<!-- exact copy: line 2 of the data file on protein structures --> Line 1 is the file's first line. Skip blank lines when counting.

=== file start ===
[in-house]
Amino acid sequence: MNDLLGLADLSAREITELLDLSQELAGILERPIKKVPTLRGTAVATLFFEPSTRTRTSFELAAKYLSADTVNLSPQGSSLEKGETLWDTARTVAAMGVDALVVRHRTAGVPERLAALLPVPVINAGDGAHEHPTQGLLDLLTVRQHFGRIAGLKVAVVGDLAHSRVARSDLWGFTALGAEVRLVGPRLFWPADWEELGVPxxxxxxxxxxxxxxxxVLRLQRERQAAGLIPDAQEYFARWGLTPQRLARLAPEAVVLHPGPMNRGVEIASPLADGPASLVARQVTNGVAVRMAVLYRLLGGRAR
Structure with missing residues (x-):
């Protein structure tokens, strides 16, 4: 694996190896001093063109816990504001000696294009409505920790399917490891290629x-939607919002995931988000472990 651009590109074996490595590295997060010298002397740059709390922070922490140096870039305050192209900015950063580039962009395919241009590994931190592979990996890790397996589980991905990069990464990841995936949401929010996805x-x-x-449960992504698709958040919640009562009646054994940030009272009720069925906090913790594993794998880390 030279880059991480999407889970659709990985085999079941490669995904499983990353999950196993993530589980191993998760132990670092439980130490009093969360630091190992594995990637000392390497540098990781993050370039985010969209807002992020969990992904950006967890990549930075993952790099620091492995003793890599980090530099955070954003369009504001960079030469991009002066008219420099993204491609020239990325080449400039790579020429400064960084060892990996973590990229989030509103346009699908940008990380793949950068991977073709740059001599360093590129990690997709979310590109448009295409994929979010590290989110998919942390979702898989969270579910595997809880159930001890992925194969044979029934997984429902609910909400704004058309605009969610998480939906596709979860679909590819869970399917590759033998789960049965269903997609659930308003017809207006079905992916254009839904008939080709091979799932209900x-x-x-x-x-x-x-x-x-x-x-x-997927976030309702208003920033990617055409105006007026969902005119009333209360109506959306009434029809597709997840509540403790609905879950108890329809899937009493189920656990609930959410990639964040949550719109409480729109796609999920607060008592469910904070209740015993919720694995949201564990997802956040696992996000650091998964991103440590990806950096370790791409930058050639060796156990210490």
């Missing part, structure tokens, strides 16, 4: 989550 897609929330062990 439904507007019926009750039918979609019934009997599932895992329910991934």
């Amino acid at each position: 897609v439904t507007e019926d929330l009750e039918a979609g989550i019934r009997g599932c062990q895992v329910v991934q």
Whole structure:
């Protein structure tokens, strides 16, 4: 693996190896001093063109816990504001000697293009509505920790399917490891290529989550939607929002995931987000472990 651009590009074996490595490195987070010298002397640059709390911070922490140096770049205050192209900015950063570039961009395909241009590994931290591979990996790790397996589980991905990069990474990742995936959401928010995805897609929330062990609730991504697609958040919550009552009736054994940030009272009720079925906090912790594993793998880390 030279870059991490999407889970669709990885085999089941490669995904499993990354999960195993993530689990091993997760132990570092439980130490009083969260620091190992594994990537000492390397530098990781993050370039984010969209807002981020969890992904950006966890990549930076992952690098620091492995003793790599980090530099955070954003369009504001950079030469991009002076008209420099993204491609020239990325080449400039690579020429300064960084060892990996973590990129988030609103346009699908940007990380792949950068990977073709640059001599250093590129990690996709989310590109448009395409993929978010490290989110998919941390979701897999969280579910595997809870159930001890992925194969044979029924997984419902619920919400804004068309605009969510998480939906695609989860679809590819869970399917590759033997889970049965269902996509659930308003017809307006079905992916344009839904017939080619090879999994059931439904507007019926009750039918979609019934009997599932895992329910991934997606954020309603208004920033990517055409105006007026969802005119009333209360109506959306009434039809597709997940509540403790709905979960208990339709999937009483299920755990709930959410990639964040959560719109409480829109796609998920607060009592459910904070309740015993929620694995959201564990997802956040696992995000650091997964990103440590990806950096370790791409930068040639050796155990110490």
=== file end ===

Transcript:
Amino acid sequence: MNDLLGLADLSAREITELLDLSQELAGILERPIKKVPTLRGTAVATLFFEPSTRTRTSFELAAKYLSADTVNLSPQGSSLEKGETLWDTARTVAAMGVDALVVRHRTAGVPERLAALLPVPVINAGDGAHEHPTQGLLDLLTVRQHFGRIAGLKVAVVGDLAHSRVARSDLWGFTALGAEVRLVGPRLFWPADWEELGVPxxxxxxxxxxxxxxxxVLRLQRERQAAGLIPDAQEYFARWGLTPQRLARLAPEAVVLHPGPMNRGVEIASPLADGPASLVARQVTNGVAVRMAVLYRLLGGRAR